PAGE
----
Obviously I can't prove any of this, it's just my impression of how this stuff would be done.


Last edited by Purple Library Guy on 18 April 2024 at 9:30 pm UTC
TheSHEEEP Apr 19
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Quoting: Purple Library GuyThis isn't the World of Goo thread, but what you've said probably applies here.
What the hell, apparently my thinking pipes were still clogged with goo!
But yeah, still applies indeed.

Quoting: Purple Library GuyI think there's an art to doing these goals + stretch goals. You want to make the base goal sound substantial but be something you're pretty sure you can easily reach, so you can impressively blow through the first few "stretch goals" and it will be exciting. And if you have that expectation, you want those first few "stretch goals" to be things you are totally planning to do and know how to do them--really part of the base plan, just nice features that look good as goals. Then the middle goals can be things that you wouldn't mind doing but you'll have to hire someone, ideally with fairly predictable costs--so like this game as you get up into the middle has stuff about different language support, which basically involves paying a translator to translate a known amount of stuff. At the high end you can have aspirational stuff that might actually be difficult but if you have gobs of money what the heck. So in this case, Linux is in those early "They totally knew they'd raise that money" stretch goals, meaning it was probably in the plan all along.
I don't really agree here.
The majority of stretch goals across KS and similar are indeed "throw money at the thing once and it will be done". Added features and more content for the most part with no or negligible effort past initial implementation.

Platform support is a notable exception here, but also things like additional languages, because those, too, require maintenance cost as games are updated.
Of course, I don't know if the devs plan to update and expand their game much beyond launch.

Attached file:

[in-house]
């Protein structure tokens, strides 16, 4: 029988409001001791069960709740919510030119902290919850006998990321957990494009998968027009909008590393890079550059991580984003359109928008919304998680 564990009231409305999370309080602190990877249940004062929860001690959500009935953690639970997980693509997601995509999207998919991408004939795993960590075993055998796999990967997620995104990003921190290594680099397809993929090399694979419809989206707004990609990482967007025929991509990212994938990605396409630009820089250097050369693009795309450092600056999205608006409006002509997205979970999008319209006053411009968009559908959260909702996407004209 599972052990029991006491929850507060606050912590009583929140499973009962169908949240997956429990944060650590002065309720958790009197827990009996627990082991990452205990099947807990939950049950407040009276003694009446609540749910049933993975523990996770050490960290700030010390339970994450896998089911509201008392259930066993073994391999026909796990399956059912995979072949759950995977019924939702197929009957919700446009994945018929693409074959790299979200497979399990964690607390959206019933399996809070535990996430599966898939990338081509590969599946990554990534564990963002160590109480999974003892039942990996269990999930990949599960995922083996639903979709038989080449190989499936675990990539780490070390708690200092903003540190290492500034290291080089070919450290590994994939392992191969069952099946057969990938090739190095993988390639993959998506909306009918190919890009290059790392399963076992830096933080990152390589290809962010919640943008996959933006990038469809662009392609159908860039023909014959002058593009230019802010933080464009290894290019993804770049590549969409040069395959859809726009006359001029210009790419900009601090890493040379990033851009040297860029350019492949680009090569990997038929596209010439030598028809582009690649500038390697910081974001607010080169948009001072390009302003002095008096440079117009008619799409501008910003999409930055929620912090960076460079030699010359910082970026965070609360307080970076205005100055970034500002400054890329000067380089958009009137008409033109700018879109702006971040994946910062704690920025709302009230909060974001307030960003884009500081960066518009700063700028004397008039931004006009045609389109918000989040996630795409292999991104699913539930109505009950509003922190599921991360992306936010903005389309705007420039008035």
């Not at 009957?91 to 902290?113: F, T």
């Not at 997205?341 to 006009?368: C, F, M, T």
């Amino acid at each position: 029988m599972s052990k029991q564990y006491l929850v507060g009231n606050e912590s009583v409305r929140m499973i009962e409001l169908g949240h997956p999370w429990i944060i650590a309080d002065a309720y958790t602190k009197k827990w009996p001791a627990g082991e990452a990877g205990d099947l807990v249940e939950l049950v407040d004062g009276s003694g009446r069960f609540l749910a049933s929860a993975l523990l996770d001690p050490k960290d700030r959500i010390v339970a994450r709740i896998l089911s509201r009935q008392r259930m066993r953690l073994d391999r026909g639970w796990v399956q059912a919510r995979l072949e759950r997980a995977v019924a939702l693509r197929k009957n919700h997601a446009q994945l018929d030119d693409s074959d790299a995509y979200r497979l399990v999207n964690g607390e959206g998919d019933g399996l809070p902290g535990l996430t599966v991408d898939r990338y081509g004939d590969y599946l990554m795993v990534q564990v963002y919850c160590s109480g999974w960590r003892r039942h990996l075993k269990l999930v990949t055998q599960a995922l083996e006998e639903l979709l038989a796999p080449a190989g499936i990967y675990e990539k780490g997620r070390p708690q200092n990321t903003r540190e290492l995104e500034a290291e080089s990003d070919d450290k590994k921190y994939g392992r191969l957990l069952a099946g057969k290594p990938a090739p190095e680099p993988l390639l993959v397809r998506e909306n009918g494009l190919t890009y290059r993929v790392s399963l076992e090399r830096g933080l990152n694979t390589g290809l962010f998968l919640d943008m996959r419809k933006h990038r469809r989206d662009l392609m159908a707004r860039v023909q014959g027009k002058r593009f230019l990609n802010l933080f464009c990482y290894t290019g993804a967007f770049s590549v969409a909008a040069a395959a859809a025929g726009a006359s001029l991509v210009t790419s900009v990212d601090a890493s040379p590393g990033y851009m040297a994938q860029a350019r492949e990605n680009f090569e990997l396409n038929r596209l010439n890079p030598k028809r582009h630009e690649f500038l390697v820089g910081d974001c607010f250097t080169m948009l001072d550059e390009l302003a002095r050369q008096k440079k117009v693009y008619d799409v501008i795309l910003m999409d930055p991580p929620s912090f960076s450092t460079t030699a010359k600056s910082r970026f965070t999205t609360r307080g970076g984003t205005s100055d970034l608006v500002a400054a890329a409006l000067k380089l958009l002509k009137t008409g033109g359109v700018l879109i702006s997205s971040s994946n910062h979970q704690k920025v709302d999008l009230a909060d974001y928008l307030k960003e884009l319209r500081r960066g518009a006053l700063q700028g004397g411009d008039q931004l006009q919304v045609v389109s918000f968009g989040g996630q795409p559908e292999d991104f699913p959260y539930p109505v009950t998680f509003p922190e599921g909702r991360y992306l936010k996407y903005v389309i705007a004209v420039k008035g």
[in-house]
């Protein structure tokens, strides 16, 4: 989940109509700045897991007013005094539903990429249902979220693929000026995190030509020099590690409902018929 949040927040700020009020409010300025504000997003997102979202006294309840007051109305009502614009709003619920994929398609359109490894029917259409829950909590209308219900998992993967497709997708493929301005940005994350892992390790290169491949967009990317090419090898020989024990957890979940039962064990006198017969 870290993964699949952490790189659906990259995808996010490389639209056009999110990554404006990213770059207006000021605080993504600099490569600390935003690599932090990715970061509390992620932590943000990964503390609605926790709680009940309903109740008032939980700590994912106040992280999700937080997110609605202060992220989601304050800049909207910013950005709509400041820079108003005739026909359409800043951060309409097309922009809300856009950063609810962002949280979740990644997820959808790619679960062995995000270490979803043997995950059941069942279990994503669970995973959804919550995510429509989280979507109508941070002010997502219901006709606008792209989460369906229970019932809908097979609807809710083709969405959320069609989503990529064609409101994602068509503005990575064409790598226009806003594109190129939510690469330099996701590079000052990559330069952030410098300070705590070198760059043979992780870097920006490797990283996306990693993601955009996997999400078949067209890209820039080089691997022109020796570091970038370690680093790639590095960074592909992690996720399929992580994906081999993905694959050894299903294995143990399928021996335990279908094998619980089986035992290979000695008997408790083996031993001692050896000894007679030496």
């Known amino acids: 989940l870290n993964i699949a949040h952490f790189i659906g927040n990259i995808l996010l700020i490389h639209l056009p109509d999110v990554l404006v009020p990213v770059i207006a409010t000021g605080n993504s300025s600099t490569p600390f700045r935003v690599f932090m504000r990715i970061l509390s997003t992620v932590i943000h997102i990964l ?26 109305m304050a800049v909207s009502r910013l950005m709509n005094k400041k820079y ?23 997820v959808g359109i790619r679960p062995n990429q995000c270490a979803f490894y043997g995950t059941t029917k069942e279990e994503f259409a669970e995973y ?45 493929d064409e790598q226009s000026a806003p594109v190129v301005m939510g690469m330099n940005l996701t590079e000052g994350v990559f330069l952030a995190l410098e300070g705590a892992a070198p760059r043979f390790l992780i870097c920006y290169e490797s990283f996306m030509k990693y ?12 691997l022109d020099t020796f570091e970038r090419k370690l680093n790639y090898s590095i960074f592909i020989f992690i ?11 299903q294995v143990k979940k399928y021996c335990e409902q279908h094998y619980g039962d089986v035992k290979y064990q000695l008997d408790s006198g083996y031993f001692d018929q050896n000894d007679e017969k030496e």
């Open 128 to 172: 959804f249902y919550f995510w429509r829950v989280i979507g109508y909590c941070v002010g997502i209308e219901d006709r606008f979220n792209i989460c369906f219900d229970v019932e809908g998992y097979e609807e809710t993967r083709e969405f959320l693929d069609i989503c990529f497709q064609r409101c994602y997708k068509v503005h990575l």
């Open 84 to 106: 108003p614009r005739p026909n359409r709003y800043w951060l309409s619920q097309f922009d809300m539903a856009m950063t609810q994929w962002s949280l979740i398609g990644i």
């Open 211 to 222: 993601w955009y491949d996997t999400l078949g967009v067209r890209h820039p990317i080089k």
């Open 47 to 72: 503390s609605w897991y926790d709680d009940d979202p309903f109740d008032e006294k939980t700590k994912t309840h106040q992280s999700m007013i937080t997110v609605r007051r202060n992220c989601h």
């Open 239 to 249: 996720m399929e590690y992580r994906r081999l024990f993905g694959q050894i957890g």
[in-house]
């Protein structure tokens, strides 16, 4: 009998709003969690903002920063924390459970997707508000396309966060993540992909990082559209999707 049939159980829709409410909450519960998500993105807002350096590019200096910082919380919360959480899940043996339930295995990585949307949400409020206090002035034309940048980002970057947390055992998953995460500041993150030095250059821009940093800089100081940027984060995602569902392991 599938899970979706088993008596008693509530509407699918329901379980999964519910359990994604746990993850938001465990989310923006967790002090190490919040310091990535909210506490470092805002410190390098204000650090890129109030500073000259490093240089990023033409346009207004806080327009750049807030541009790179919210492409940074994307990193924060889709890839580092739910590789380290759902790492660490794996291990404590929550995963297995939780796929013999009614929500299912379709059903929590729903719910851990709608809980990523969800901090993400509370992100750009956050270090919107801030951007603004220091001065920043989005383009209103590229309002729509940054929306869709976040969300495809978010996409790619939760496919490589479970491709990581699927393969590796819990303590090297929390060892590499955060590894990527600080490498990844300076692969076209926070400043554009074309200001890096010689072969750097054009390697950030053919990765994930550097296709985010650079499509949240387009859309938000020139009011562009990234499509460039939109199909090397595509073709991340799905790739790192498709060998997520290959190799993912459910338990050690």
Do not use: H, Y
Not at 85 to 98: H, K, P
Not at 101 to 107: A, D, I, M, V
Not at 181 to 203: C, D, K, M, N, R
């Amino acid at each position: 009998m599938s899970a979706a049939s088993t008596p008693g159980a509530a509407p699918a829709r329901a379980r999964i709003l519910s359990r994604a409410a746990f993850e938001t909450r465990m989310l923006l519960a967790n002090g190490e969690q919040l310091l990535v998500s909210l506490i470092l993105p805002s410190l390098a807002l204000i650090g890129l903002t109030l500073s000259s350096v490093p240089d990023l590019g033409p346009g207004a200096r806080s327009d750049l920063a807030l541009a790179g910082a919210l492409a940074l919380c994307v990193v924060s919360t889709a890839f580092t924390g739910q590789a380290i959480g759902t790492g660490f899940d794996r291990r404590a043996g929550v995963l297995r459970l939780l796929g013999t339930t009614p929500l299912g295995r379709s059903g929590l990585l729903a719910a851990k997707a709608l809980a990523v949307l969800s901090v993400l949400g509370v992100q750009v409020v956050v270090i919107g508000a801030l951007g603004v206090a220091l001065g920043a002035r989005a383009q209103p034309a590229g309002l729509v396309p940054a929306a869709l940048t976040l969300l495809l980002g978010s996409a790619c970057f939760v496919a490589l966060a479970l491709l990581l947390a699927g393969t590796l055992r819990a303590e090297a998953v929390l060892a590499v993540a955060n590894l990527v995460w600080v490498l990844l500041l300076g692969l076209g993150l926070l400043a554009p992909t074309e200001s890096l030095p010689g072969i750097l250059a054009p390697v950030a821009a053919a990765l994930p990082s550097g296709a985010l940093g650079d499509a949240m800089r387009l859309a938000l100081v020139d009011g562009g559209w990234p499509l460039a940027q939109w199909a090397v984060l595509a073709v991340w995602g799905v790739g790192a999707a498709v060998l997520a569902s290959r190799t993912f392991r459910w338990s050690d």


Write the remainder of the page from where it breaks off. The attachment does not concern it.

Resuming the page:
They might also have the idea that "if we get this much on KS, the commercial release will likely yield enough to maintain our goals", which... well, good luck to them! Given the smashing KS success so far, it might work out.
That's just not my general KS experience at all.


Last edited by TheSHEEEP on 19 April 2024 at 6:37 am UTC
DanGerstein Apr 20
Hello! Thank you so much for this great article on what we're doing. I just wanted to address some of the comments about our planned support, since I've been a Linux user for.. gosh... more than half my life at this point! It's a subject near and dear to my heart, and apart from my game dev setup, most of my home devices run Arch.

Our proprietary codebase is entirely written in C++ and is very portable. The engineer (Fred Ford) who is developing it has a compilation strategy and essentially knows all the steps required to get things working on Linux.

The biggest unknown is honestly Godot. Because Godot, itself, is open-source and has a lot of proven Linux support, we're much less concerned about native Linux support for this than with a closed-source engine. If there's any snags we think we might hit, that's where they'll be, but we've budgeted cautiously and accordingly. We really, really want to make this happen.

What will help the Linux port succeed is a diverse set of test hardware and early testing. Luckily, I have access to a number of test devices, and with our community being pretty active in Linux thanks to the open-source Ur-Quan Masters releases, we feel confident we'll be able to get the feedback loop going early.

I hope this helps answer some questions and build some confidence. There's a reason we put that completely open source release goal on there, too. The Ur-Quan Masters has been kept alive because of the FOSS mentality and community. We really wouldn't be here today with so much community support if the game wasn't actively maintained. Fred, especially, has had a long and satisfying career. So long as we can financially support our next projects, we would rather find ways to give back and enrich the game development and gaming community.

Oh, and someone asked if this is a publishing decision. Not really. We are the sole developer and we are currently self-funding and self-publishing. We're supporting Linux because _we_ want to!
Eike Apr 20
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Quoting: DanGersteinI hope this helps answer some questions and build some confidence.

Absolutely!

Quoting: DanGersteinWe're supporting Linux because _we_ want to!

I guess that's the one reason to support native Linux nowadays. "It will make us rich!" is less common for sure. ;)

Good luck with your endeavour!